Tip: To gather records for later use, such as citation listing, click an item's Add to My Collection + icon. Click My Collection at any time to see your accumulated records. My Collection lasts for the duration of your browser session.
Somerville MJ. Contested communities of practice: who learns in aged care?. 2003.
Please use this identifier to cite or link to this item: http://e-publications.une.edu.au/1959.11/10717
Contested communities of practice: who learns in aged care?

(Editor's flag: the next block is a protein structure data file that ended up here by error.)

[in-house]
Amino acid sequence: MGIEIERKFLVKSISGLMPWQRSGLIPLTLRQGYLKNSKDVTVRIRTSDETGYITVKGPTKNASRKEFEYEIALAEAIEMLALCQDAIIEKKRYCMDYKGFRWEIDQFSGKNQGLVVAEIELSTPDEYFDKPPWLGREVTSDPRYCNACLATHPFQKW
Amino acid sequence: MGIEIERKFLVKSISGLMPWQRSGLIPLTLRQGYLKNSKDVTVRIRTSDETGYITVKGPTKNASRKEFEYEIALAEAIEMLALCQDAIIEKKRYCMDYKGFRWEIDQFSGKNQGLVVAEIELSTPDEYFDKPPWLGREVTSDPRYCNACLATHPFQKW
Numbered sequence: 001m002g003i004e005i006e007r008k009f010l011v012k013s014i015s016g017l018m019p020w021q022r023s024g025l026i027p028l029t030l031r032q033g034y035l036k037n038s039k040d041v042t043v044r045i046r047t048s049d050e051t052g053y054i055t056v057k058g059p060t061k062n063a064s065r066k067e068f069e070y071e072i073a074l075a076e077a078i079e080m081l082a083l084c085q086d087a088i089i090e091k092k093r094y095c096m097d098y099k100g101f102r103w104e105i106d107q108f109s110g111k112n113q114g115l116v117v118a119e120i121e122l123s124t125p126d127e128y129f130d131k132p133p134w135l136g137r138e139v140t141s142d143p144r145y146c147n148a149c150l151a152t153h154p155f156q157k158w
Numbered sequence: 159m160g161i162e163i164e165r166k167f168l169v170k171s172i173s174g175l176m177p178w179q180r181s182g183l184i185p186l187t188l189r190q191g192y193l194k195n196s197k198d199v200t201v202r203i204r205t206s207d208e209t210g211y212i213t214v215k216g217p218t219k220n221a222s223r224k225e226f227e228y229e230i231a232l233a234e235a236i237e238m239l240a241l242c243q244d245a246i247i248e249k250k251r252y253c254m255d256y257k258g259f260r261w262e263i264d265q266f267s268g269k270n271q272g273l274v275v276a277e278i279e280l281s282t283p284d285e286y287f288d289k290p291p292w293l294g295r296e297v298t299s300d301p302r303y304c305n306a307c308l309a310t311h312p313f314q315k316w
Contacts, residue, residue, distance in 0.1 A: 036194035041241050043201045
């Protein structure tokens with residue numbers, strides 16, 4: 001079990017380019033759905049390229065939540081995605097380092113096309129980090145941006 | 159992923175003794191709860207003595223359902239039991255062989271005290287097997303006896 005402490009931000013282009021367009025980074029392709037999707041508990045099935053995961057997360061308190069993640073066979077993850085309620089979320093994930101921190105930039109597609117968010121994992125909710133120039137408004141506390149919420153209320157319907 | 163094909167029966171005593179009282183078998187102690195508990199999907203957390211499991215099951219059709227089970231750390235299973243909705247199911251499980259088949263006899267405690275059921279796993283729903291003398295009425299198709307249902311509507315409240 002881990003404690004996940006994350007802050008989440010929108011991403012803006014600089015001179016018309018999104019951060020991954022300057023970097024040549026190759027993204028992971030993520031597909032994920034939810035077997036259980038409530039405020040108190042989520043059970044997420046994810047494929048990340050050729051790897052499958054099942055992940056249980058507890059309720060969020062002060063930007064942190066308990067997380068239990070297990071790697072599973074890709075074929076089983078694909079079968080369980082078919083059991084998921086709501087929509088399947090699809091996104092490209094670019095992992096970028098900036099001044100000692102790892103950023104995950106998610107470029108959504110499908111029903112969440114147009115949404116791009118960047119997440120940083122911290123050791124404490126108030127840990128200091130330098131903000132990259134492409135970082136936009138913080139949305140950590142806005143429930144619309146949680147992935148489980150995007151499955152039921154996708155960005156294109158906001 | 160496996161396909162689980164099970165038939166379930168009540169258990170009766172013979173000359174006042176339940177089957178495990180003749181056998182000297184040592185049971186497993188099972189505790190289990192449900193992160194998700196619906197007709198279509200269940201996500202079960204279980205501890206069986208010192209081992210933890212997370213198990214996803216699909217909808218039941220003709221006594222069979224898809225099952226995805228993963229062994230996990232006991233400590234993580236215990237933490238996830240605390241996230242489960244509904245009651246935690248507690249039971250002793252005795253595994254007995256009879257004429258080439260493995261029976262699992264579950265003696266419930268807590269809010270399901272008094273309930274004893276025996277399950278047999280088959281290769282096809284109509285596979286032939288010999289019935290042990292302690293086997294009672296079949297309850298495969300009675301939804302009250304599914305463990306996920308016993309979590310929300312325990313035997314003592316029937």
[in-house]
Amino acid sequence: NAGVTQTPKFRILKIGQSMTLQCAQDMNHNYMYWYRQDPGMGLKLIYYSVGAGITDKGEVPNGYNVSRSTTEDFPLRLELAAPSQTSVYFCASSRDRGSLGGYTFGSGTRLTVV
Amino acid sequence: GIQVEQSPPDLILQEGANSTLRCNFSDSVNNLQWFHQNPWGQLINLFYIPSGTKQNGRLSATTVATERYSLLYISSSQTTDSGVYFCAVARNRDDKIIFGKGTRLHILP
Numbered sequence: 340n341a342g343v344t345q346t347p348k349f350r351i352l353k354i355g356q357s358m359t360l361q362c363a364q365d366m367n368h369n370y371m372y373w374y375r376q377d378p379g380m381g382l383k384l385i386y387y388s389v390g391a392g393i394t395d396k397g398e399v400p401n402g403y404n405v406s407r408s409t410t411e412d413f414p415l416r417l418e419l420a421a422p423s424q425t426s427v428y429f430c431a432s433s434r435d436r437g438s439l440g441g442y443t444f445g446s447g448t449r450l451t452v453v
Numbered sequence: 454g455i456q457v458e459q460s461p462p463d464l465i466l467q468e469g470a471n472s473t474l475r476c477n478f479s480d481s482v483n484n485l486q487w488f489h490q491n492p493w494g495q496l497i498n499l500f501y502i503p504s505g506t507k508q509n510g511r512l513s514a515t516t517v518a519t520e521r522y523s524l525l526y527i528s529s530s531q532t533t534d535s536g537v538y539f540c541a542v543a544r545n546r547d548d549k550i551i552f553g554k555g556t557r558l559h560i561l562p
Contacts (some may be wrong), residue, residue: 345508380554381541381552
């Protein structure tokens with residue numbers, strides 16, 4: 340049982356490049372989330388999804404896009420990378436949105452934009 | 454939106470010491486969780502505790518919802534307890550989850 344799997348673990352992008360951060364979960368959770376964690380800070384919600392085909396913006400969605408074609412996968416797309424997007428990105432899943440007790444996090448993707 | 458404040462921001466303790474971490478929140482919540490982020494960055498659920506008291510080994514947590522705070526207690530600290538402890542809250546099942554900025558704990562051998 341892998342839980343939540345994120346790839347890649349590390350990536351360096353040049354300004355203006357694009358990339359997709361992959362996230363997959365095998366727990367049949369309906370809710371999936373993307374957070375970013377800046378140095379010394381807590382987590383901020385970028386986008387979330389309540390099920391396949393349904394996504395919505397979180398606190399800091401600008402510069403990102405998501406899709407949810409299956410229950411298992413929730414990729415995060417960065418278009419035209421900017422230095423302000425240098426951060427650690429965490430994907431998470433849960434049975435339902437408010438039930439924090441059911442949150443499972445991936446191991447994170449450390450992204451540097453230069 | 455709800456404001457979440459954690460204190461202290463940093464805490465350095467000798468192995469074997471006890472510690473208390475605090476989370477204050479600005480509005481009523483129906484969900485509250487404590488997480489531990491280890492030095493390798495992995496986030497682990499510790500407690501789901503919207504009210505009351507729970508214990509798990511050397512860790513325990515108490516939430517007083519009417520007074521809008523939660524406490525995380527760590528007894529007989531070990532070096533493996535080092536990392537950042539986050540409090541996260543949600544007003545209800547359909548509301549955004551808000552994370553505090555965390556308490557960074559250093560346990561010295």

This paper arises from a research study that I have recently conducted into workplace learning in aged care workplaces in partnership with an organisation that manages a number of aged care facilities in rural and regional Australia. Twenty aged care workers were interviewed using semi-structured, conversational style interviews about how they learned to do their work. This included trainee entry level care workers who were also researched using discussion/focus groups and conversational interviews about the process of their workplace learning, tracking their learning experiences after one week, three months and eight months of full time work. This paper focuses on the findings from these trainee care workers. The study found that these trainee workers learned in the usual ways that have been documented in the workplace learning literature. The most powerful and resilient learning however, was learning the body, a process which could only occur during the process of doing their work in a community of practice. The paper will explore this body learning, its embedded nature, and how new learning is contested within this community of practice.